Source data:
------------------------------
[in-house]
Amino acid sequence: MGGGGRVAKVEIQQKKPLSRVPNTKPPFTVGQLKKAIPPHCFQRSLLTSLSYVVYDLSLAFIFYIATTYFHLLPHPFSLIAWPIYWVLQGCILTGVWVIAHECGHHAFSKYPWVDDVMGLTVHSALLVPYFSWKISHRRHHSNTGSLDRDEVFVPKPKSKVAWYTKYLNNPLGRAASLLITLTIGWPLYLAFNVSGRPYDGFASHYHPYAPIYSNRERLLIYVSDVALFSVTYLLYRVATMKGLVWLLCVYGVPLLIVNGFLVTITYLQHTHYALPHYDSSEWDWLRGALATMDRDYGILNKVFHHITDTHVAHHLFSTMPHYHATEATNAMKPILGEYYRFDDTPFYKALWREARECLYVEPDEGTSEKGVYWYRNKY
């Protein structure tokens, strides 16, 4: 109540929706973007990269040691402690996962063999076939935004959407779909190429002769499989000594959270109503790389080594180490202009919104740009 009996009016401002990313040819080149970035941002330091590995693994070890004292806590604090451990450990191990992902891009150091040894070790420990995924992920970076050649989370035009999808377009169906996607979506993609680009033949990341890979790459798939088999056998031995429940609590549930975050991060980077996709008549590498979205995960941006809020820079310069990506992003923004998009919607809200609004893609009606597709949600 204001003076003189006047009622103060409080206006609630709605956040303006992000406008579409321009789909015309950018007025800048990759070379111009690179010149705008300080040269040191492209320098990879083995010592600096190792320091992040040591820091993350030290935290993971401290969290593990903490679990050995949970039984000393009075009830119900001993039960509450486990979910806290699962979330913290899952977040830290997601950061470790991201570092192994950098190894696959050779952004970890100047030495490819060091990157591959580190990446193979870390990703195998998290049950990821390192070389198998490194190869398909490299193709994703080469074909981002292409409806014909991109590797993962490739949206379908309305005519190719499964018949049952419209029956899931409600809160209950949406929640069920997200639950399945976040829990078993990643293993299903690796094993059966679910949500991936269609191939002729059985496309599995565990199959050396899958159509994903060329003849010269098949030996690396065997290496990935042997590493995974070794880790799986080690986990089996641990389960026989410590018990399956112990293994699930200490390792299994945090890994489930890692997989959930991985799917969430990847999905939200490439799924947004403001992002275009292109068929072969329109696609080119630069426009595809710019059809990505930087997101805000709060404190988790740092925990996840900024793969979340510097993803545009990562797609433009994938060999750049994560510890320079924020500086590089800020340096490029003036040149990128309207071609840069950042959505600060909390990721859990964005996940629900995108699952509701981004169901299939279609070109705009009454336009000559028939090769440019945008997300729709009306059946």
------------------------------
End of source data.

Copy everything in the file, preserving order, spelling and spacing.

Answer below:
[in-house]
Amino acid sequence: MGGGGRVAKVEIQQKKPLSRVPNTKPPFTVGQLKKAIPPHCFQRSLLTSLSYVVYDLSLAFIFYIATTYFHLLPHPFSLIAWPIYWVLQGCILTGVWVIAHECGHHAFSKYPWVDDVMGLTVHSALLVPYFSWKISHRRHHSNTGSLDRDEVFVPKPKSKVAWYTKYLNNPLGRAASLLITLTIGWPLYLAFNVSGRPYDGFASHYHPYAPIYSNRERLLIYVSDVALFSVTYLLYRVATMKGLVWLLCVYGVPLLIVNGFLVTITYLQHTHYALPHYDSSEWDWLRGALATMDRDYGILNKVFHHITDTHVAHHLFSTMPHYHATEATNAMKPILGEYYRFDDTPFYKALWREARECLYVEPDEGTSEKGVYWYRNKY
């Protein structure tokens, strides 16, 4: 109540929706973007990269040691402690996962063999076939935004959407779909190429002769499989000594959270109503790389080594180490202009919104740009 009996009016401002990313040819080149970035941002330091590995693994070890004292806590604090451990450990191990992902891009150091040894070790420990995924992920970076050649989370035009999808377009169906996607979506993609680009033949990341890979790459798939088999056998031995429940609590549930975050991060980077996709008549590498979205995960941006809020820079310069990506992003923004998009919607809200609004893609009606597709949600 204001003076003189006047009622103060409080206006609630709605956040303006992000406008579409321009789909015309950018007025800048990759070379111009690179010149705008300080040269040191492209320098990879083995010592600096190792320091992040040591820091993350030290935290993971401290969290593990903490679990050995949970039984000393009075009830119900001993039960509450486990979910806290699962979330913290899952977040830290997601950061470790991201570092192994950098190894696959050779952004970890100047030495490819060091990157591959580190990446193979870390990703195998998290049950990821390192070389198998490194190869398909490299193709994703080469074909981002292409409806014909991109590797993962490739949206379908309305005519190719499964018949049952419209029956899931409600809160209950949406929640069920997200639950399945976040829990078993990643293993299903690796094993059966679910949500991936269609191939002729059985496309599995565990199959050396899958159509994903060329003849010269098949030996690396065997290496990935042997590493995974070794880790799986080690986990089996641990389960026989410590018990399956112990293994699930200490390792299994945090890994489930890692997989959930991985799917969430990847999905939200490439799924947004403001992002275009292109068929072969329109696609080119630069426009595809710019059809990505930087997101805000709060404190988790740092925990996840900024793969979340510097993803545009990562797609433009994938060999750049994560510890320079924020500086590089800020340096490029003036040149990128309207071609840069950042959505600060909390990721859990964005996940629900995108699952509701981004169901299939279609070109705009009454336009000559028939090769440019945008997300729709009306059946």